At about five & three-quarter minutes, Our New Errand Boy (1905) is a substantial little silent film from the pioneering days of cinema.
It's an example of one of the early popular genres, the "bad boys" genre. Frequently such lads experience no punishment or come-uppance.
Newly hired & unproven, the titular errand boy is introduced out in front of a general store at Hove, already just messing around until the owner gives him a push-broom which he puts to use, not without complaint.
He's then sent on an errand & uses the opportunity to play a trick on a pedestrian before rushing back to the store & taking up the broom as innocently as he could.
On another errand he gets together with a fellow mischief-maker & plays more practical jokes on other unsuspecting men & women.
At some point he's annoyed so many people that they gather at the general store to await his return. When he shows up, he realizes the jig is up, & he takes off running.
A chase sequence results, the lad getting the better of the adults along the way, including hosing them down as they try to get over a high fence.
Sometimes unpunished "bad" boys really oughtn't be encouraged, but in other cases, disobeying the rules is the required thing, so of course no come-uppance is required.
Under a sign that reads "No Bathing Allowed in this Lake," two boys are happily splashing in their shorts, in the short-short Turning the Tables (1903), filmed at an actual "swimming hole" in Wilmington, Deleware.
Five more boys arrive on the scene & strip to their civies to leap in ye olde swimming hole. Then a policeman who is a precursor to one of the Keystone Cops arrives on the scene to harrass the happily swimming boys. The big joke is they push him in the pond which gives them time to grab their clothes & hightail it away.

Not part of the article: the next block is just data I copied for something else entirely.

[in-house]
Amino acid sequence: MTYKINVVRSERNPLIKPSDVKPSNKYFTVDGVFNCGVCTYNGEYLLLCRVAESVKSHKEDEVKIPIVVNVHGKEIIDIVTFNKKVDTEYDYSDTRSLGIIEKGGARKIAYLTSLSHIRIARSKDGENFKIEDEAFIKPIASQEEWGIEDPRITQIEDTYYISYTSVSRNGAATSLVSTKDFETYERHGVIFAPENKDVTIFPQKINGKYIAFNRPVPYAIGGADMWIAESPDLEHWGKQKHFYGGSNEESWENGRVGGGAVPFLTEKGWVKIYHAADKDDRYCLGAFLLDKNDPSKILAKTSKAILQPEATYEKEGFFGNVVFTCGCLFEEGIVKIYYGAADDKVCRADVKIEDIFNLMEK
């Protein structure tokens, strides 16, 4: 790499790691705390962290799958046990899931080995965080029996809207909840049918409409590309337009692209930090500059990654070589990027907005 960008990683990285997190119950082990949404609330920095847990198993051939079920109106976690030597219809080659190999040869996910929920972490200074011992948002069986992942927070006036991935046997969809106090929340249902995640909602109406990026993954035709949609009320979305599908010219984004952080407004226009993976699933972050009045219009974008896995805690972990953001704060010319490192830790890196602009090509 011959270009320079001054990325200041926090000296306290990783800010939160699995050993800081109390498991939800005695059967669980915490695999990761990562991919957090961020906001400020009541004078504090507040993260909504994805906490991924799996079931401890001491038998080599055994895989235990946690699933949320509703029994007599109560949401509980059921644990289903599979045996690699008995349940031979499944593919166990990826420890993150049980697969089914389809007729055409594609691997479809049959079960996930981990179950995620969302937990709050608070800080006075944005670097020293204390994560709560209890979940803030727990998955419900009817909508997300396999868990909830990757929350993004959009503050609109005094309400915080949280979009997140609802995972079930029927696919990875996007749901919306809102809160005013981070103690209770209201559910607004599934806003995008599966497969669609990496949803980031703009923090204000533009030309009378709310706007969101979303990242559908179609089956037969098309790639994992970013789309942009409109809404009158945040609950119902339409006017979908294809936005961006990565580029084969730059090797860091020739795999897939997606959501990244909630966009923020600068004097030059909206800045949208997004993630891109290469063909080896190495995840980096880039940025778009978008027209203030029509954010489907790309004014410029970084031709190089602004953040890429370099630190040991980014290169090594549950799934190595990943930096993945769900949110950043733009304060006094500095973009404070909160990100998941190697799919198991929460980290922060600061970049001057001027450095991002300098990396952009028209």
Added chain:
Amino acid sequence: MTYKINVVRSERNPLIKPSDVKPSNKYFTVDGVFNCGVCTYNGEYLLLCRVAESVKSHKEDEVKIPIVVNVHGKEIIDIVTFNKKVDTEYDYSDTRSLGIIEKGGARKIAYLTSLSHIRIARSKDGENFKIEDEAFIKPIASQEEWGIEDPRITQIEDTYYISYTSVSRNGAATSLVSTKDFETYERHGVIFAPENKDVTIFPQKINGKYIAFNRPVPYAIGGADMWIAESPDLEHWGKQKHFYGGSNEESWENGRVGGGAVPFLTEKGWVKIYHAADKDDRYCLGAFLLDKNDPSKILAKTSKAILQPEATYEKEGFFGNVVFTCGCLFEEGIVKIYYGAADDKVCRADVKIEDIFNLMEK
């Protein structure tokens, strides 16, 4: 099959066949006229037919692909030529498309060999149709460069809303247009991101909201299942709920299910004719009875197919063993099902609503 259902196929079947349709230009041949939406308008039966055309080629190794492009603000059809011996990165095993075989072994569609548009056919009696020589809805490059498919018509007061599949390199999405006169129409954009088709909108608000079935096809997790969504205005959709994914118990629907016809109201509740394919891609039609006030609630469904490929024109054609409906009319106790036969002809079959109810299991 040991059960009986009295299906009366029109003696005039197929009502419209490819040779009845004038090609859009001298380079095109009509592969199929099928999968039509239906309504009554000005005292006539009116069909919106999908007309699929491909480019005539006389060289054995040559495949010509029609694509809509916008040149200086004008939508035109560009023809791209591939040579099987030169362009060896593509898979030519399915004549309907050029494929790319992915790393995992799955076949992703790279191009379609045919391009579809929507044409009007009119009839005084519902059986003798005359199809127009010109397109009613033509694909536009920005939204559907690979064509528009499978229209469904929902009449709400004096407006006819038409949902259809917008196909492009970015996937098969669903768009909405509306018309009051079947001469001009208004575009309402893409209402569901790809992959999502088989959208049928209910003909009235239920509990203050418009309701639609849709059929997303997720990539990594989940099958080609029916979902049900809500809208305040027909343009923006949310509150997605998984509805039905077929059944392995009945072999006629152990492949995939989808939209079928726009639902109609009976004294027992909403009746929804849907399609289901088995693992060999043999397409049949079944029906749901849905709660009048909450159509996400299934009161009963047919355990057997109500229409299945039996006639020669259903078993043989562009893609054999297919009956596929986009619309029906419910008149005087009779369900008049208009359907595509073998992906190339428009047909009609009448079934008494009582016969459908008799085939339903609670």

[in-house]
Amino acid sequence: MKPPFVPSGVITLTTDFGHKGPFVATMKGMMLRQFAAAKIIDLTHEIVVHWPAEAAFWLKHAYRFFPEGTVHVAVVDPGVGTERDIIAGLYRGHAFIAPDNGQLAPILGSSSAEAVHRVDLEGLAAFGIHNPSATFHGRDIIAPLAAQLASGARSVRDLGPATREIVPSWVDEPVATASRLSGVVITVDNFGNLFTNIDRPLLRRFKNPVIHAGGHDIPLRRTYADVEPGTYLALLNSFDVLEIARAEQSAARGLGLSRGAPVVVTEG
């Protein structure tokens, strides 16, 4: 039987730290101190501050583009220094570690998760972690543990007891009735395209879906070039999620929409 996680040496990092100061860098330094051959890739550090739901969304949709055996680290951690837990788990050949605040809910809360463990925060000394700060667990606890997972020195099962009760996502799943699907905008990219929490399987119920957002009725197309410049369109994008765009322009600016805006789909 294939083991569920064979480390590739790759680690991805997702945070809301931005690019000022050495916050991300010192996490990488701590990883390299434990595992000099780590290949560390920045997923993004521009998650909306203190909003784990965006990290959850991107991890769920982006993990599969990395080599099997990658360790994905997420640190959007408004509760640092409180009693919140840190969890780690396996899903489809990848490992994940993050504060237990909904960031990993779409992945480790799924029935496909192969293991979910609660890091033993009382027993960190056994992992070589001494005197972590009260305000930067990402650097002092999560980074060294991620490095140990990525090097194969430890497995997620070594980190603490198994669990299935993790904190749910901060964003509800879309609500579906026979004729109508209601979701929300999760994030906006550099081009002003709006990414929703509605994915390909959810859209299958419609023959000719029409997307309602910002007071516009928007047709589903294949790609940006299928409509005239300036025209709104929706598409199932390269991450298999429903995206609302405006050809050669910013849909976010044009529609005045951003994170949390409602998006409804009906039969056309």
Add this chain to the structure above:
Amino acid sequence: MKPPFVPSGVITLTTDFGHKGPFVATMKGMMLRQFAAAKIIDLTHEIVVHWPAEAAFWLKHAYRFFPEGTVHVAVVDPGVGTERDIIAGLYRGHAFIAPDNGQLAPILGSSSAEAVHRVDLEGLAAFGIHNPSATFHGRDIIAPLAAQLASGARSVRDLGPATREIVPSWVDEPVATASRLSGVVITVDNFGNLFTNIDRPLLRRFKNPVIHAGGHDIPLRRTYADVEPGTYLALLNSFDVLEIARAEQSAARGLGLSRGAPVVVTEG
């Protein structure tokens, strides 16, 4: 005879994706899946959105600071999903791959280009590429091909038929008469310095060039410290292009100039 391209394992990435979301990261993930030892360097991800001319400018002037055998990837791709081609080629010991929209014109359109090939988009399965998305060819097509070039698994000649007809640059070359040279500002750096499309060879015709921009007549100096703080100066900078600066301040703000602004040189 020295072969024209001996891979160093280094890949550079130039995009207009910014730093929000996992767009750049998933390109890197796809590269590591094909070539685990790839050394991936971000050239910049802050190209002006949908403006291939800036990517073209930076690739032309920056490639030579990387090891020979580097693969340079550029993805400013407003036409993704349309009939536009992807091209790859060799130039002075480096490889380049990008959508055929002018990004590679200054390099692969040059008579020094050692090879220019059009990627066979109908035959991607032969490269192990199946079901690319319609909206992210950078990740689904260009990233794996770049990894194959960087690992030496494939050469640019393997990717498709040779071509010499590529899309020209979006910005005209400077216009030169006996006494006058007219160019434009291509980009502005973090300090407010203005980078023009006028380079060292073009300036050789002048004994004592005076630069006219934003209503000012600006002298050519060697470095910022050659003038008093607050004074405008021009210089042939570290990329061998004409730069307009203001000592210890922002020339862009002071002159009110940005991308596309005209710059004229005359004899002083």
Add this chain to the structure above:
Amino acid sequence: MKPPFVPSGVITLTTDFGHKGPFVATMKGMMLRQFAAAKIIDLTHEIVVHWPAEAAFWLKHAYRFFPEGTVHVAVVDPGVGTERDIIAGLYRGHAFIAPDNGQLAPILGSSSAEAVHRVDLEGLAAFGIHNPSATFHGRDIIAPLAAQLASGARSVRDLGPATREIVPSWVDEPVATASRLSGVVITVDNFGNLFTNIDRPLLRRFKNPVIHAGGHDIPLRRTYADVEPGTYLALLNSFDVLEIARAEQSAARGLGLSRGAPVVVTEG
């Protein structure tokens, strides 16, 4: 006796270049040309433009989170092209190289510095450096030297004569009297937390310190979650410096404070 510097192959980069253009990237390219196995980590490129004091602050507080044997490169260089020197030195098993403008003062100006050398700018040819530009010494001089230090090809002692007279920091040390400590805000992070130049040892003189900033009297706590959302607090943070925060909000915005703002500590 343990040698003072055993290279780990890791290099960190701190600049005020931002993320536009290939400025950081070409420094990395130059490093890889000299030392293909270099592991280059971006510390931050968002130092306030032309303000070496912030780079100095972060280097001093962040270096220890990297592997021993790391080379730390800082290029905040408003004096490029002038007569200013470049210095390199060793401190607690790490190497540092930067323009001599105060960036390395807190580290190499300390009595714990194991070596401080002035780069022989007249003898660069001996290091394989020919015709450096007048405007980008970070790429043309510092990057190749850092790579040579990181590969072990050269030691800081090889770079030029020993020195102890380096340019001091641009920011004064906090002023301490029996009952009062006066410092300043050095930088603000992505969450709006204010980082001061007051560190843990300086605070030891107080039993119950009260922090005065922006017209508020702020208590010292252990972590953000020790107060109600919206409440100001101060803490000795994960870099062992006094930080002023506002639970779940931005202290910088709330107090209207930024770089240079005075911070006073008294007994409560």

A minute's worth of a comedy film, Photographing a Country Couple (1901) begins with a photographer walking through a woodsy environment.
Finding a park bench, & setting up his tripod, he calls to a nearby couple to sit on the bench, their dog following along.
The attractive young lady has a homely rube of a boyfriend, who has a bad habit of slapping his girlfriend with his hat.
The photographer lets the easily impressed rube look through the camera lens while taking the boyfriend's place on the park bench, pitching woo to the gal.
A standard "bad boy" character sneaks into the picture frame & with twine ties the rube's legs to two legs of the tripod.
When the rube sees through the aperature that the photographer is getting it on with his gal, he tries to walk toward the bench, with the tripod legs & camera moving with him.
A view from a boat of the Statue of Liberty (1898) on Bedlowe's Island is a minimalist actuality film.
There is hardly any motion to it, other than the rocking of the boat, so the camera is neither moving closer nor panning past the landmark. So it's about as uninteresting as the least of the actualities ever get.
But as a historical point of interest, it's thought likely to be the first moving picture of the statue, even though "moving" is a stretch.
Miners Leaving Pendlebury Colliery (1901) shows strong men, but alas also some very young boys, heading home (or to a pub) after a day's labor in an English coal pit.
Amidst the men is a black miner, which is nice to see. The black laborer appears to be taken for granted & just one of the guys, not unlike how Paul Robeson played the role in The Proud Valley (1940).
At one point the miners stop passing by the camera & begin to gather in front of it. One fellow squares his shoulder & moves toward the camera with the gaze of territorial imperative.
There's a woman in the shot; & a guy in the background has a dressy bowler hat instead of the porkpie caps of the majority. Some of these figures are not workers but ordinary pedestrians or people who showed up to see the camera.